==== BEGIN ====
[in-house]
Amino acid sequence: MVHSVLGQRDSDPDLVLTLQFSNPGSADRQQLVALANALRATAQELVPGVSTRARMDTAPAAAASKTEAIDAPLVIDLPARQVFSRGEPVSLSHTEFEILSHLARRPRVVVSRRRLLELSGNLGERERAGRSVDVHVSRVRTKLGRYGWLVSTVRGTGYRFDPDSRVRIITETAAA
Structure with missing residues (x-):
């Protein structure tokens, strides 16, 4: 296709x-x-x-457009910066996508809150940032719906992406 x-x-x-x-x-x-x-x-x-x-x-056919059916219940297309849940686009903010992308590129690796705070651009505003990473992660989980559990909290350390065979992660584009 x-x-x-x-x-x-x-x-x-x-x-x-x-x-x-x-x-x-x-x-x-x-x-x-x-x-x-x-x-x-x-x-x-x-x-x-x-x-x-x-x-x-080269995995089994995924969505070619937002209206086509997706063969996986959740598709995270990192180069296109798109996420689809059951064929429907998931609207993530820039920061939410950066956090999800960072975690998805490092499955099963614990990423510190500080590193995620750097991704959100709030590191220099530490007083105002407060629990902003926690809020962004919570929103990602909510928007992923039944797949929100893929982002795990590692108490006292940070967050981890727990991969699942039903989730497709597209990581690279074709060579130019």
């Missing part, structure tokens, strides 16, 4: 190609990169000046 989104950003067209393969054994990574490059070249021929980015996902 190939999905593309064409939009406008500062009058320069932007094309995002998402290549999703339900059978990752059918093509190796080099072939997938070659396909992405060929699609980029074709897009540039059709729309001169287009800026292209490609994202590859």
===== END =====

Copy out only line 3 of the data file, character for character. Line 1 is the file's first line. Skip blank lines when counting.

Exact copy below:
Structure with missing residues (x-):